Flashback Friday – Putting It That Way

**Every Friday, I reach into the past and drag out one of my favorites that you might have missed.**


The other day at our local coffee shop, I overheard some teenage girls talking about their lives.  It started off with the ever amusing complaints about their “lame” mothers who try to rule their lives.  Their voices carried and filled the whole back of the shop.  There was no avoiding their often humorous diatribes.  The girls were funny as they spoke of mothers who hover, control, and eavesdrop.  One of them kept speaking of her mother’s obsession with whether or not the bedrooms in the house are clean.  Can you imagine such a thing?  They whined about how the one thing their lives miss is privacy.  Why can’t their parents just see that these high school seniors are all grown up and don’t need their parents in their business?

My friend and I smiled at each other over our foamy lattes and shared that look that says we’ve been there, and those independent women at the next table aren’t really as grown up as they imagine themselves to be.

Inevitably their discussion turned to boys and dating.  My friend wiggled her eyebrows in anticipation of the “juicy stuff.”  I grinned back at her.  They were too cute, these young girls playing at adulthood.

Then suddenly they were no longer cute.

They sat in the coffee shop frankly and loudly discussing their recent hook-ups.  (Yes, that means sex if you’re old enough to wonder.) They spoke bluntly about getting laid and moving on.  Their playful banter of a few moments before became harsh, bitter and a little shrill.  They were unspeakably sad and seemed not to know it.  We could hear in their voices the tremble of emotion and watched the heart broken moments when faces were turned away so that they could regain their composure.

I wanted to hug them all. The mother in me just wanted to wrap them up in my arms and hug them.

They just seemed so confused by the adult things with which they were playing.  They have been taught from Jr High on that sex was not a big thing.  I know because they were the messages my generation heard the beginnings of.  Things like we didn’t have to be married, just in love and that sex was for pleasure with no mention of the emotional whirlwind which follows in its wake.  They were clueless about the enormity of their actions.  These poor confused girls don’t know the the truth of it, because no one has ever told it to them.

So I did.

I set down my cup and walked over to their table.  “Hi,” I said. “I couldn’t help but overhear what you were saying.  You were kinda loud.”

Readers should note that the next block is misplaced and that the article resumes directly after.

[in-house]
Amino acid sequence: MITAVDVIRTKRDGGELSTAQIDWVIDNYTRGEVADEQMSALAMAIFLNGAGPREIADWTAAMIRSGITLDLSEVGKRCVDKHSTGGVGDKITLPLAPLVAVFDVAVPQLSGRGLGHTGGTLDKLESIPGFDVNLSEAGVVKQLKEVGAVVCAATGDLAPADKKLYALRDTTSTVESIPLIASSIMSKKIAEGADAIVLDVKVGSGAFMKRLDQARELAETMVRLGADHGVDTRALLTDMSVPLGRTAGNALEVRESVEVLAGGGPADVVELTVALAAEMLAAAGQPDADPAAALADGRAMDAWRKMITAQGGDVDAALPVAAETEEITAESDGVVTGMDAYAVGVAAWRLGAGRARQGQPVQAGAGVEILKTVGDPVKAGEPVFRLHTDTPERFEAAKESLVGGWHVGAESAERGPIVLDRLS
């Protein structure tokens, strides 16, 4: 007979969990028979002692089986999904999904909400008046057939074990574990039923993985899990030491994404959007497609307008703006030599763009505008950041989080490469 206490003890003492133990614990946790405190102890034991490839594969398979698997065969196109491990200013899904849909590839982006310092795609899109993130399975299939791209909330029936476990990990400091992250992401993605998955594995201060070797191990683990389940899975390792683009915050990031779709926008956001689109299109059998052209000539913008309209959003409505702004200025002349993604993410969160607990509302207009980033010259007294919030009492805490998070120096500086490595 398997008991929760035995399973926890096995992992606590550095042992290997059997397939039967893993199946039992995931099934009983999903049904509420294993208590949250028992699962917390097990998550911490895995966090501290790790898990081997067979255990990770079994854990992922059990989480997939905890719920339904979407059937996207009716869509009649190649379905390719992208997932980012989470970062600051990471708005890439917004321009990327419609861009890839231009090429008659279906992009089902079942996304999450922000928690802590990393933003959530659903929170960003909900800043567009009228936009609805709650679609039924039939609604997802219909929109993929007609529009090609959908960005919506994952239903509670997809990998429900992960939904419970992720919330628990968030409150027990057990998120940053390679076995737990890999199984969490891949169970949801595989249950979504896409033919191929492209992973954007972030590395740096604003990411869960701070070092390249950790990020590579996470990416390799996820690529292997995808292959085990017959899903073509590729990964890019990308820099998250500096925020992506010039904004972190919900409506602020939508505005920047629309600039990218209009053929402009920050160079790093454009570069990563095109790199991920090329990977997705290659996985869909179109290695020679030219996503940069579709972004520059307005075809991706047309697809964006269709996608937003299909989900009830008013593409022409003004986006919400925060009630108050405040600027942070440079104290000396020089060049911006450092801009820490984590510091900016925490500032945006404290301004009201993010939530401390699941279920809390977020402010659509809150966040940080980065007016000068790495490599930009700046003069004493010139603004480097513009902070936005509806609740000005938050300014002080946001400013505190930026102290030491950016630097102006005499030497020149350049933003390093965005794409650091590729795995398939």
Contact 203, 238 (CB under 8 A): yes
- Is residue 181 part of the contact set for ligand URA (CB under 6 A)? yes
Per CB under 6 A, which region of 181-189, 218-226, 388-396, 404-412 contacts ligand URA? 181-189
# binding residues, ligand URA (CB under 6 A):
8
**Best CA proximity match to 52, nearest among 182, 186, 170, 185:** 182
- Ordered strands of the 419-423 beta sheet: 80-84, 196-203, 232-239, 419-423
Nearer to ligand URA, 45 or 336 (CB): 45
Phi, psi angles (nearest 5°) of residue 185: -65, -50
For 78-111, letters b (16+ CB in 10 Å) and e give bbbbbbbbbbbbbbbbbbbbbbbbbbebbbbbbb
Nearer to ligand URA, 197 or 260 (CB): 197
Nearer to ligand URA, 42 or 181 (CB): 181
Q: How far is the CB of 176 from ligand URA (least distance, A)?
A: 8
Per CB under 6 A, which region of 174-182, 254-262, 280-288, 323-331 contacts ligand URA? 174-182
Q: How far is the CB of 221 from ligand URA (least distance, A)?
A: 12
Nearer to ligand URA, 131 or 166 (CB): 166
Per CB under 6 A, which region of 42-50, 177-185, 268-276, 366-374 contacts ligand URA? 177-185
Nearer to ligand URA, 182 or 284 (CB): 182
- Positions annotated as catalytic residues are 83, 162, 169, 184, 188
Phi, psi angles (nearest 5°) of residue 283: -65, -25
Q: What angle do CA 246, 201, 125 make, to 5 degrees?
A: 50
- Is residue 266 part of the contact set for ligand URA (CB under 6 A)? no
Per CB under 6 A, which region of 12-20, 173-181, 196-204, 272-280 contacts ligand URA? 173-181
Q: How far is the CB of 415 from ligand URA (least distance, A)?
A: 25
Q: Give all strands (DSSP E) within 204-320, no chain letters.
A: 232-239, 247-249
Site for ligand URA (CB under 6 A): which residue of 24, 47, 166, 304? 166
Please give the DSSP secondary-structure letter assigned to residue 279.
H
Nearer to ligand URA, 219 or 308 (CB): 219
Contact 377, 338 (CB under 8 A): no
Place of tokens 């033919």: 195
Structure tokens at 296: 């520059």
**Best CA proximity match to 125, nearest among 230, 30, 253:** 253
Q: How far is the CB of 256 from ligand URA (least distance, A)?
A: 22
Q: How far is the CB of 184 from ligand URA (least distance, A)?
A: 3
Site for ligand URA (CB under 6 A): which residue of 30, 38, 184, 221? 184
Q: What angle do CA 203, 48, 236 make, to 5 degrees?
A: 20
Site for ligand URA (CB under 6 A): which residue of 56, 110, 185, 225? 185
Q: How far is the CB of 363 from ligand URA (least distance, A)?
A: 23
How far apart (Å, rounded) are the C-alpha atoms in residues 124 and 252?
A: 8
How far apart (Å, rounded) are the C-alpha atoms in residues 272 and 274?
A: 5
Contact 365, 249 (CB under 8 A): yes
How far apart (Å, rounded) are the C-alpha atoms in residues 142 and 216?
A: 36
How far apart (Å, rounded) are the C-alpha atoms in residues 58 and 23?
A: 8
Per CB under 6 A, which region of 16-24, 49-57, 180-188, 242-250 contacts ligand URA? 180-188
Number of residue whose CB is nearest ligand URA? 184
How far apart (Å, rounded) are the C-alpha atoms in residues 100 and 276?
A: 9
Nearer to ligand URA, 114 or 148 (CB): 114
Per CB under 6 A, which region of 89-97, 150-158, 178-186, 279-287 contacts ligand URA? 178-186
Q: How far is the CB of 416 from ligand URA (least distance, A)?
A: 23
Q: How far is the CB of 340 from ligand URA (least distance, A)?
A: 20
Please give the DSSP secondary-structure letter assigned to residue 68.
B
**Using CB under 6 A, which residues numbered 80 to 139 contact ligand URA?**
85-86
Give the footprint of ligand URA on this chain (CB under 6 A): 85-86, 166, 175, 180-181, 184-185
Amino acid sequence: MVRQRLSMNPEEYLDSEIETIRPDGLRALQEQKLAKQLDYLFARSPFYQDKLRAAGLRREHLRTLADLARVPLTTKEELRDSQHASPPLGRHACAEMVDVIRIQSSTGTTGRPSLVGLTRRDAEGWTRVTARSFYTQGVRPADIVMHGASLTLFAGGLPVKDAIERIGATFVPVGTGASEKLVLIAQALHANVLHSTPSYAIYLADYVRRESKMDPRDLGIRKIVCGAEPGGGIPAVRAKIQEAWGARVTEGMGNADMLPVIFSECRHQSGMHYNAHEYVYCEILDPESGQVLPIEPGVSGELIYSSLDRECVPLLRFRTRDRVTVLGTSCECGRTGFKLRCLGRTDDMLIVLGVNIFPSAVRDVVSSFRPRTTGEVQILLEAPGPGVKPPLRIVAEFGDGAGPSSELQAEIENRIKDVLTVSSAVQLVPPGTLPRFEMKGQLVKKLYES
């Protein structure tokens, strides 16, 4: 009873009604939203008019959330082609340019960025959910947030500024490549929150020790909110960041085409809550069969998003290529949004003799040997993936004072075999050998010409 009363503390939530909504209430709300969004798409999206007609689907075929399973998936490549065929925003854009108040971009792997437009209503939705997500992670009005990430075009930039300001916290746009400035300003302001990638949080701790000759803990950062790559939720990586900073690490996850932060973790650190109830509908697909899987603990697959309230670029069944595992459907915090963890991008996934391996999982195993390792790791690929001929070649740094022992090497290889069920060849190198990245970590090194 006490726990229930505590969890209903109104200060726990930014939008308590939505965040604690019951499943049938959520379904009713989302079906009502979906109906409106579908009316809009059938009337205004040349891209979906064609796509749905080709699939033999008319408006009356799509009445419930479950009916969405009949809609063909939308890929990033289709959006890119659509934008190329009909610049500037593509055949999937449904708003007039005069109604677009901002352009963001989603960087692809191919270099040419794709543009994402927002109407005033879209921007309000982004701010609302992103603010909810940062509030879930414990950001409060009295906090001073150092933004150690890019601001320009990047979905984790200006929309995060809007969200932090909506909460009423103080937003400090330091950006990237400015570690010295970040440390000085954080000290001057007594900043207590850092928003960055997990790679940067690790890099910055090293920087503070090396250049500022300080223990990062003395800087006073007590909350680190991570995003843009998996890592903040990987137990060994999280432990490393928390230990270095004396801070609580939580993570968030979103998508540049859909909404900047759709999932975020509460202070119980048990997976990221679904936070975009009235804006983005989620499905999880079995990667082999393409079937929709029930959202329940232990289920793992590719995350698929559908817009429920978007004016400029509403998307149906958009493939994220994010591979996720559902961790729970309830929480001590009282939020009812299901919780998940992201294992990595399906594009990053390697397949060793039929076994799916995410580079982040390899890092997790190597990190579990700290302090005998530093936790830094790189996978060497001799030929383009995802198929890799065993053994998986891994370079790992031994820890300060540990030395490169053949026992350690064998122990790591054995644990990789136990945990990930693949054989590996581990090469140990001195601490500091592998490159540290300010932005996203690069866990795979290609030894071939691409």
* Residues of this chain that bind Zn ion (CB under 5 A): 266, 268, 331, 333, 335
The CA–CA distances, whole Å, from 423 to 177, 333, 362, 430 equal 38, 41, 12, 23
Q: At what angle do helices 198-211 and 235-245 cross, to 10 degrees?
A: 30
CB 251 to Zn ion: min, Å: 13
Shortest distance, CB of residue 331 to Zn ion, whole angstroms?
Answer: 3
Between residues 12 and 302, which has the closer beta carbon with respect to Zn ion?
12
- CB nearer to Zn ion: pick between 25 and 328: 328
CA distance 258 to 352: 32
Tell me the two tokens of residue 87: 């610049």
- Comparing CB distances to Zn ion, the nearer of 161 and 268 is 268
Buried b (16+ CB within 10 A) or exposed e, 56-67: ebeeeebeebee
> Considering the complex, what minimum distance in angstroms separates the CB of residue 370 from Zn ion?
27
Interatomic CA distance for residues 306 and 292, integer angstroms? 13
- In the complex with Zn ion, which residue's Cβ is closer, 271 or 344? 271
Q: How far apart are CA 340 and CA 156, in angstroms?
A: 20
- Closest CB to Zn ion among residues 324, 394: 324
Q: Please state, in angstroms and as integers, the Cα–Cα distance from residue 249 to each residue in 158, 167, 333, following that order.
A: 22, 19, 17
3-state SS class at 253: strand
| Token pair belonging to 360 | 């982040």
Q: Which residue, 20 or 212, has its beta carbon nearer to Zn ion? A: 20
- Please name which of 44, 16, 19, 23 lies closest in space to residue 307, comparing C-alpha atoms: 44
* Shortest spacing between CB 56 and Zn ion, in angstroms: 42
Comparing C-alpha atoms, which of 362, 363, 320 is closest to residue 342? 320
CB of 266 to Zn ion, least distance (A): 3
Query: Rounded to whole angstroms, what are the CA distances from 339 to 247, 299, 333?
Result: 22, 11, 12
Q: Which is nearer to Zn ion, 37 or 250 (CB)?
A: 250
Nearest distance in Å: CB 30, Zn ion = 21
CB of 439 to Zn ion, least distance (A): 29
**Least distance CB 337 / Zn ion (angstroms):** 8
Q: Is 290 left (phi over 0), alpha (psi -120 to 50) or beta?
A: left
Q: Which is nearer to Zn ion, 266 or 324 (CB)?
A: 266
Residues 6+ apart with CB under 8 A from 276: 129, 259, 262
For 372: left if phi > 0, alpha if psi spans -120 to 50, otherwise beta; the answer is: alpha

They all looked a bit embarrassed and apologized.

“Can I just ask you something?  Can you maybe explain it to me?”  There was a chorus of “Yes, ma’am”s. This is Texas.  “You have a mother who loves you. Who puts a roof over your head and takes care of you.  Right?”  Nods.  “But you won’t let her into your bedroom.  A room she owns in a house she pays for?  Your own mother?  But you’ll let some boy from the football team inside of your body?  You will actually let him inside of you?  How does that make sense?”  I stood there for a moment and waited for an answer.  All I got were their stunned looks.  No one said a word.  The color just drained from their faces.

I walked back to my friend who was ready to go.  “Do you think they heard me?” I asked her. “Do you think they get how messed up that really is?”

“I don’t know, but I’ll guarantee you that no one ever put it to them that way before.”

Maybe it’s time we start.


image credit: Cappuccino Chiang Mai via Wikimedia Commons

About Rebecca Frech

Rebecca Frech is a Catholic author, speaker, CrossFit coach, and the Managing Editor of The Catholic Conspiracy website. She is the author of the best-selling books Teaching in Your Tiara: A Homeschooling Book for the Rest of Us and Can We Be Friends? She is a co-host of the popular podcast The Visitation Project, and is a columnist for The National Catholic Register. She and her husband live just outside Dallas with their eight children, a German Shepherd named Dave, and an ever-multiplying family of dust-bunnies.
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